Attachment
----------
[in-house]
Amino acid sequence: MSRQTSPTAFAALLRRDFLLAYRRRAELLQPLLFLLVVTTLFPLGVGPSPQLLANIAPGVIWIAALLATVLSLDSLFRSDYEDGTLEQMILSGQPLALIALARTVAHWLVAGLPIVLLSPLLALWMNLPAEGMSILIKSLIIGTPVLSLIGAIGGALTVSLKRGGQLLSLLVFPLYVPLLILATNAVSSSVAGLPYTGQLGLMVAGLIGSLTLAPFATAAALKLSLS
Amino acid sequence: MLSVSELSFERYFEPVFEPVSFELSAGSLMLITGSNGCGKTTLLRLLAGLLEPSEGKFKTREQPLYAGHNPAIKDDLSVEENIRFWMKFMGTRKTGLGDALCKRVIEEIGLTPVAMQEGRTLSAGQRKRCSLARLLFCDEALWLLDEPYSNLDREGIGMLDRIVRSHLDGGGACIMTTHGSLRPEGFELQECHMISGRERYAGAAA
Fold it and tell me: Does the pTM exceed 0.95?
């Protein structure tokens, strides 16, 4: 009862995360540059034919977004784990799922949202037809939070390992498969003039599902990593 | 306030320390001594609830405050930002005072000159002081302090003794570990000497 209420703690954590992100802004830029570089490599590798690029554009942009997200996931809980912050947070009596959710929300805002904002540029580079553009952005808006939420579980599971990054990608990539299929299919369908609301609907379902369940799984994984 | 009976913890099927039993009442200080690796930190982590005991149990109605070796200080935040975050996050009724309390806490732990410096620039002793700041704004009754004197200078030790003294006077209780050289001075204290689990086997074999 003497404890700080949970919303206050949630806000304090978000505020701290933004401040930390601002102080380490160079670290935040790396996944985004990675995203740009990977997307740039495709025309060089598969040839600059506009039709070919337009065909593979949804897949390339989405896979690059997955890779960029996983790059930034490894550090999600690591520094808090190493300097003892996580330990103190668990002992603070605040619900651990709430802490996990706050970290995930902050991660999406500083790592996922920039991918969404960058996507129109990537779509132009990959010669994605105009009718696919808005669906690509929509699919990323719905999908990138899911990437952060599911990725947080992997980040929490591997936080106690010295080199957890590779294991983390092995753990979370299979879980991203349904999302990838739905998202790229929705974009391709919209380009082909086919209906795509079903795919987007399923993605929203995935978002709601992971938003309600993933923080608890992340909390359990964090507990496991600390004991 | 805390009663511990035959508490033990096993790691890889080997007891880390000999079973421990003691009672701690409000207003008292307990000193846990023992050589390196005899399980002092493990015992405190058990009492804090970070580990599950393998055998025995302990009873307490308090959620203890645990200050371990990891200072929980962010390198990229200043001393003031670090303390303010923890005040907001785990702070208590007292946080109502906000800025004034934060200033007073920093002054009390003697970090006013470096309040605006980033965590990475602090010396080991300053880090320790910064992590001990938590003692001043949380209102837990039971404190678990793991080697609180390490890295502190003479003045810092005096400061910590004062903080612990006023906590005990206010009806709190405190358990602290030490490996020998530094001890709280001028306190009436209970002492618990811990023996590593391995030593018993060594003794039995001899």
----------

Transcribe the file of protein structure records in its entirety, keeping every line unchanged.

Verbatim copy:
[in-house]
Amino acid sequence: MSRQTSPTAFAALLRRDFLLAYRRRAELLQPLLFLLVVTTLFPLGVGPSPQLLANIAPGVIWIAALLATVLSLDSLFRSDYEDGTLEQMILSGQPLALIALARTVAHWLVAGLPIVLLSPLLALWMNLPAEGMSILIKSLIIGTPVLSLIGAIGGALTVSLKRGGQLLSLLVFPLYVPLLILATNAVSSSVAGLPYTGQLGLMVAGLIGSLTLAPFATAAALKLSLS
Amino acid sequence: MLSVSELSFERYFEPVFEPVSFELSAGSLMLITGSNGCGKTTLLRLLAGLLEPSEGKFKTREQPLYAGHNPAIKDDLSVEENIRFWMKFMGTRKTGLGDALCKRVIEEIGLTPVAMQEGRTLSAGQRKRCSLARLLFCDEALWLLDEPYSNLDREGIGMLDRIVRSHLDGGGACIMTTHGSLRPEGFELQECHMISGRERYAGAAA
Fold it and tell me: Does the pTM exceed 0.95?
């Protein structure tokens, strides 16, 4: 009862995360540059034919977004784990799922949202037809939070390992498969003039599902990593 | 306030320390001594609830405050930002005072000159002081302090003794570990000497 209420703690954590992100802004830029570089490599590798690029554009942009997200996931809980912050947070009596959710929300805002904002540029580079553009952005808006939420579980599971990054990608990539299929299919369908609301609907379902369940799984994984 | 009976913890099927039993009442200080690796930190982590005991149990109605070796200080935040975050996050009724309390806490732990410096620039002793700041704004009754004197200078030790003294006077209780050289001075204290689990086997074999 003497404890700080949970919303206050949630806000304090978000505020701290933004401040930390601002102080380490160079670290935040790396996944985004990675995203740009990977997307740039495709025309060089598969040839600059506009039709070919337009065909593979949804897949390339989405896979690059997955890779960029996983790059930034490894550090999600690591520094808090190493300097003892996580330990103190668990002992603070605040619900651990709430802490996990706050970290995930902050991660999406500083790592996922920039991918969404960058996507129109990537779509132009990959010669994605105009009718696919808005669906690509929509699919990323719905999908990138899911990437952060599911990725947080992997980040929490591997936080106690010295080199957890590779294991983390092995753990979370299979879980991203349904999302990838739905998202790229929705974009391709919209380009082909086919209906795509079903795919987007399923993605929203995935978002709601992971938003309600993933923080608890992340909390359990964090507990496991600390004991 | 805390009663511990035959508490033990096993790691890889080997007891880390000999079973421990003691009672701690409000207003008292307990000193846990023992050589390196005899399980002092493990015992405190058990009492804090970070580990599950393998055998025995302990009873307490308090959620203890645990200050371990990891200072929980962010390198990229200043001393003031670090303390303010923890005040907001785990702070208590007292946080109502906000800025004034934060200033007073920093002054009390003697970090006013470096309040605006980033965590990475602090010396080991300053880090320790910064992590001990938590003692001043949380209102837990039971404190678990793991080697609180390490890295502190003479003045810092005096400061910590004062903080612990006023906590005990206010009806709190405190358990602290030490490996020998530094001890709280001028306190009436209970002492618990811990023996590593391995030593018993060594003794039995001899």